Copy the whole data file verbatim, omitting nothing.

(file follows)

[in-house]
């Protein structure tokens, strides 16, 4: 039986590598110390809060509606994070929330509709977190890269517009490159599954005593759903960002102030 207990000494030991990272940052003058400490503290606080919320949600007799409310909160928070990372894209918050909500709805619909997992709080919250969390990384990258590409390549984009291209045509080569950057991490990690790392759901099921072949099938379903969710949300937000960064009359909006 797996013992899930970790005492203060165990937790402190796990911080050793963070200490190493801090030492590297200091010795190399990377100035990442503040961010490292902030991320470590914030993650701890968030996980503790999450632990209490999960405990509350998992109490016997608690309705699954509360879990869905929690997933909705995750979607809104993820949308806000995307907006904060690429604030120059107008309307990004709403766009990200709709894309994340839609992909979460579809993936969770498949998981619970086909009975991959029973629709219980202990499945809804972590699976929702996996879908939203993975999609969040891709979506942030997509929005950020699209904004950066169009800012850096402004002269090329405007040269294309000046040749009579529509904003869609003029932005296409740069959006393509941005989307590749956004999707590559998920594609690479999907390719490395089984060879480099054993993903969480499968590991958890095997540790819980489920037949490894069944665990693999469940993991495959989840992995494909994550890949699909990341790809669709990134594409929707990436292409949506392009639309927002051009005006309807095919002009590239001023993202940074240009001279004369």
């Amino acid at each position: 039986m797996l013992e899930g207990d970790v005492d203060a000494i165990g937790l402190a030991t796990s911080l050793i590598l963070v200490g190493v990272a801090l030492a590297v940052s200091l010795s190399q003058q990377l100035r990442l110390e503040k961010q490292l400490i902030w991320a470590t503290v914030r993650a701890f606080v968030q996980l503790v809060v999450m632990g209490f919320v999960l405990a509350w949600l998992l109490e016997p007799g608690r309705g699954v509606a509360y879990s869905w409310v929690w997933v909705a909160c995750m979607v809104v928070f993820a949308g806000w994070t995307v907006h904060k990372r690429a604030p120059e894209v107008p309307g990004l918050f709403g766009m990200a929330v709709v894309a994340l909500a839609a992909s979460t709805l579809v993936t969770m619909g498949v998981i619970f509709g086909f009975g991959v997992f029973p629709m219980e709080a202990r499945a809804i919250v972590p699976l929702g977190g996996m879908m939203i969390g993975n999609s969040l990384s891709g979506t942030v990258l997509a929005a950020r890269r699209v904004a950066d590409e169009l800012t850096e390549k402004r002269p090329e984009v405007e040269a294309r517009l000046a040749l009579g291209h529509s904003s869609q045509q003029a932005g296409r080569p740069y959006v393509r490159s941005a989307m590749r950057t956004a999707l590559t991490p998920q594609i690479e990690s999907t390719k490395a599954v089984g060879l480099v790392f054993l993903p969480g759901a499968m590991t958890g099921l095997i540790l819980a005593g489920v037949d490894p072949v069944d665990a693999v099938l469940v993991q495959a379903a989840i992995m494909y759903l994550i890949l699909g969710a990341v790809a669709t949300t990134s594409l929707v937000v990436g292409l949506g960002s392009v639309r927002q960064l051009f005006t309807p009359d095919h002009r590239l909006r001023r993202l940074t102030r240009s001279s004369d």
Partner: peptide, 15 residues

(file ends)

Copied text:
[in-house]
């Protein structure tokens, strides 16, 4: 039986590598110390809060509606994070929330509709977190890269517009490159599954005593759903960002102030 207990000494030991990272940052003058400490503290606080919320949600007799409310909160928070990372894209918050909500709805619909997992709080919250969390990384990258590409390549984009291209045509080569950057991490990690790392759901099921072949099938379903969710949300937000960064009359909006 797996013992899930970790005492203060165990937790402190796990911080050793963070200490190493801090030492590297200091010795190399990377100035990442503040961010490292902030991320470590914030993650701890968030996980503790999450632990209490999960405990509350998992109490016997608690309705699954509360879990869905929690997933909705995750979607809104993820949308806000995307907006904060690429604030120059107008309307990004709403766009990200709709894309994340839609992909979460579809993936969770498949998981619970086909009975991959029973629709219980202990499945809804972590699976929702996996879908939203993975999609969040891709979506942030997509929005950020699209904004950066169009800012850096402004002269090329405007040269294309000046040749009579529509904003869609003029932005296409740069959006393509941005989307590749956004999707590559998920594609690479999907390719490395089984060879480099054993993903969480499968590991958890095997540790819980489920037949490894069944665990693999469940993991495959989840992995494909994550890949699909990341790809669709990134594409929707990436292409949506392009639309927002051009005006309807095919002009590239001023993202940074240009001279004369």
């Amino acid at each position: 039986m797996l013992e899930g207990d970790v005492d203060a000494i165990g937790l402190a030991t796990s911080l050793i590598l963070v200490g190493v990272a801090l030492a590297v940052s200091l010795s190399q003058q990377l100035r990442l110390e503040k961010q490292l400490i902030w991320a470590t503290v914030r993650a701890f606080v968030q996980l503790v809060v999450m632990g209490f919320v999960l405990a509350w949600l998992l109490e016997p007799g608690r309705g699954v509606a509360y879990s869905w409310v929690w997933v909705a909160c995750m979607v809104v928070f993820a949308g806000w994070t995307v907006h904060k990372r690429a604030p120059e894209v107008p309307g990004l918050f709403g766009m990200a929330v709709v894309a994340l909500a839609a992909s979460t709805l579809v993936t969770m619909g498949v998981i619970f509709g086909f009975g991959v997992f029973p629709m219980e709080a202990r499945a809804i919250v972590p699976l929702g977190g996996m879908m939203i969390g993975n999609s969040l990384s891709g979506t942030v990258l997509a929005a950020r890269r699209v904004a950066d590409e169009l800012t850096e390549k402004r002269p090329e984009v405007e040269a294309r517009l000046a040749l009579g291209h529509s904003s869609q045509q003029a932005g296409r080569p740069y959006v393509r490159s941005a989307m590749r950057t956004a999707l590559t991490p998920q594609i690479e990690s999907t390719k490395a599954v089984g060879l480099v790392f054993l993903p969480g759901a499968m590991t958890g099921l095997i540790l819980a005593g489920v037949d490894p072949v069944d665990a693999v099938l469940v993991q495959a379903a989840i992995m494909y759903l994550i890949l699909g969710a990341v790809a669709t949300t990134s594409l929707v937000v990436g292409l949506g960002s392009v639309r927002q960064l051009f005006t309807p009359d095919h002009r590239l909006r001023r993202l940074t102030r240009s001279s004369d």
Partner: peptide, 15 residues